Podcast: A discussion with Barrio Bread’s Don Guerra on community baking and ‘Breaducation’

Don Guerra prepares for the opening of his bakery Barrio Bread Saturday, April 28, 2018 in Tucson, Arizona. (Photo by: Brieana Sealy / Arizona Sonora News)

“I’ve always felt strongly about doing something for my community and having more of an investment, not just a business to make money but in connecting my community through bread,” Don Guerra, owner and founder of Barrio Bread said. “The most important thing to me about living in Tucson or any community is being part of it.”

Barrio Bread is a company primarily focused on providing natural leavened bread and outreach education to the Tucson community. Guerra aims to inform people on the benefits of eating this style of bread and developing a local grain economy.

“The bread production is the economic engine, but education outreach is important. It’s what drives my business,” Guerra said. “I’m really interested in reinvigorating the local grain economy through using grains grown from farms nearby. It’s up to me to tell people what they’re eating and why I’m making bread with the grains that are local.”

Guerra has been baking for 27 years, starting at the age of 20 in Flagstaff. Located in Broadway Village Shopping Center, Barrio Bread is his third bakery and his most beloved business experience. “I’m a lot more in touch with my ingredients,” Guerra said. “I can go out to the fields of wheat and walk in them to investigate how they are growing. I’m a part of the cycle of bread making from growing to serving.”

Barrio Bread loaf ready for sale on Saturday, April 28, 2018 in Tucson, Arizona. (Photo by: Brieana Sealy / Arizona Sonora News)

The demand for sustainable foods has heightened over the past few decades. Buying local or organic produce is now a part of the decision-making process for consumers. The relatively new concept of community baking has developed, which is to get in touch with where the ingredients come from.

“When I first started I never thought about the raw ingredients,” Guerra said. “I would just open a bag of flour and mix it with water and it would come about as bread. As time passes and the world changes I think people are really having a newfound interest in what makes their food and how the food gets on their plate. As a baker that’s always been my curiosity. I’m very proud of this bakery for focusing on that and being about the grains.”

Guerra uses the French sourdough process where local wild yeast and bacterial cultures leaven the bread.

“The other option is using baker’s yeast and granulated yeast that’s made in a laboratory its dried an inactive but once you add it to water and flour and mix it makes the bread ferment,” Guerra said.

Each type of fermentation produces different effects on the bread.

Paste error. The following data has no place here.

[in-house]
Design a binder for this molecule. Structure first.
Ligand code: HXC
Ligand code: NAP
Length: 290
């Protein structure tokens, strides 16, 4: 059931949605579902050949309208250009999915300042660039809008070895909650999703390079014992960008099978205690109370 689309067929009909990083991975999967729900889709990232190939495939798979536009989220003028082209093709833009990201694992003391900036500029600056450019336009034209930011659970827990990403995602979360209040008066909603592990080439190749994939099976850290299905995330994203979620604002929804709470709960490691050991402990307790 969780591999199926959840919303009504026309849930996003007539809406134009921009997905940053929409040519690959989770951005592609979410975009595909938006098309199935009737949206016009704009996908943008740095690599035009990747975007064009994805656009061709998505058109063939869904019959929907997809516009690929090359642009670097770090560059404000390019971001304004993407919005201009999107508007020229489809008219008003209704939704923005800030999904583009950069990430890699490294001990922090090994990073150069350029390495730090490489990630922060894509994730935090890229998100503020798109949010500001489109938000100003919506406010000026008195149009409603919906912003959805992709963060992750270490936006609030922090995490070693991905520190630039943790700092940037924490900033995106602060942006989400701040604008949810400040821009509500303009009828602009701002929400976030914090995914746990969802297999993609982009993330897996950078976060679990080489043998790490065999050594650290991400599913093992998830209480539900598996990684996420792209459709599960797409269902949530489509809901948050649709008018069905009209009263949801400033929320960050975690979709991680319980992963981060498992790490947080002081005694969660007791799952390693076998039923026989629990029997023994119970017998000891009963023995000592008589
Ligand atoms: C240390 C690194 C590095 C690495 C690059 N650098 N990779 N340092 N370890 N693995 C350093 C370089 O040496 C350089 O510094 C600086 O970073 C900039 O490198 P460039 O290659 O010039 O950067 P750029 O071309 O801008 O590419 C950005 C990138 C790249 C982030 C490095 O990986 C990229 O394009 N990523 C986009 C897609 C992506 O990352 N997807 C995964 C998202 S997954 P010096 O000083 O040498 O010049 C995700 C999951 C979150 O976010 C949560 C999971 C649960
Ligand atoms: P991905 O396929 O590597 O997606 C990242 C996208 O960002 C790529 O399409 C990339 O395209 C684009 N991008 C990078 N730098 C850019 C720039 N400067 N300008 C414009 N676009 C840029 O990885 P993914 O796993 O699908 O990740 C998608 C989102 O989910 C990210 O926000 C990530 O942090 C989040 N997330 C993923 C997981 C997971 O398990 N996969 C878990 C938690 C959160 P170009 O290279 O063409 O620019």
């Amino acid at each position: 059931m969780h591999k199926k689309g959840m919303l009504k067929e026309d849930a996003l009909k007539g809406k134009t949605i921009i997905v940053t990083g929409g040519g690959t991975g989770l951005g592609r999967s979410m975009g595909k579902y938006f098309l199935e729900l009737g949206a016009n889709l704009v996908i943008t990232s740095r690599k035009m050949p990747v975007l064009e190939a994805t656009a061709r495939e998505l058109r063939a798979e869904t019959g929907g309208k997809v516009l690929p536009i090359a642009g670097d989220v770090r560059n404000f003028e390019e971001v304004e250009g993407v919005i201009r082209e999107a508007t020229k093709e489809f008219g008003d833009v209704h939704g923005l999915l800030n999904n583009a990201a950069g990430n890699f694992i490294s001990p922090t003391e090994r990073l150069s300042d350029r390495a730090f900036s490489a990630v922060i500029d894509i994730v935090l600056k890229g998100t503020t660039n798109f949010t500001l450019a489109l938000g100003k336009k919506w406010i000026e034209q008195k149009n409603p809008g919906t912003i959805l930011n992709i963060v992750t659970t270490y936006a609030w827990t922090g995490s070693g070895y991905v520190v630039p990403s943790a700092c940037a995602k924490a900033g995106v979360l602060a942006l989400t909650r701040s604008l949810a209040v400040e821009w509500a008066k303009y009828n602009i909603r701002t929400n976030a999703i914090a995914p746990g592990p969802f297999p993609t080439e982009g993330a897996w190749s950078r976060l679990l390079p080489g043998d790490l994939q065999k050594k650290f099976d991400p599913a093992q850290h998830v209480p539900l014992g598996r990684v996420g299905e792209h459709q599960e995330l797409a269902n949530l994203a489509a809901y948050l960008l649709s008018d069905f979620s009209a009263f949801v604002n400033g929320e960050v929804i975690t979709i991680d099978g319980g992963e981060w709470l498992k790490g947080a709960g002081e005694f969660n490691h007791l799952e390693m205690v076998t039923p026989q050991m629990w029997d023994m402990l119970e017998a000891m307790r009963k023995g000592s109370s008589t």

“The bread I make takes a long time. It’s a low potency so about 24 hours start to finish that the loaf of bread develops,” Guerra said. “It becomes a highly nutritive bread, so you get a lot more vitamins and minerals. “It’s a natural preservative. The longer it takes for the bread to rise, the longer the bread will last.”

According to Guerra, one of the most important benefits is low gluten content. “The bread is more digestible, you can break down starches and proteins easier when using these wild yeast cultures through acidification. Lower the Ph and these enzymes go to work.”

Customers wait for the opening of Barrio Bread on Saturday April 28, 2018 in Tucson Arizona. (Photo by: Brieana Sealy / Arizona Sonora News)

Guerra has been successful in gaining customers with gluten sensitivities. “. They say they don’t eat bread, they’ve given up on bread because it makes them feel pretty poor,” Guerra said. “This style of bread is really easy on the gastrointestinal system.”

According to Guerra, the freshly milled grain is also a flavor enhancer. “It’s a style of bread that if you have the right technique, all you need is flour, water, and salt and you can get some really good outcomes, from the crispy outside of the crust that’s bitter to a soft tender crumb that has more sweetness from the wheat.”

Its about the story too, “Everyone loves a good story,” Guerra said. “I can tell a story with the bread, from where it grows to who’s growing it and then what I do with it and it all happens within a 20-mile radius. People are really interested in knowing where their food is coming from.”

Click the link to listen to a discussion about Guerra’s experience building a small business and developing relationships with communities all over the world:

Brieana Sealy is a reporter for Arizona Sonora News, a service from the School of Journalism with the University of Arizona. Contact her at brieanasealy@email.arizona.edu.

Click here for a Word version of this story and high-resolution photos.


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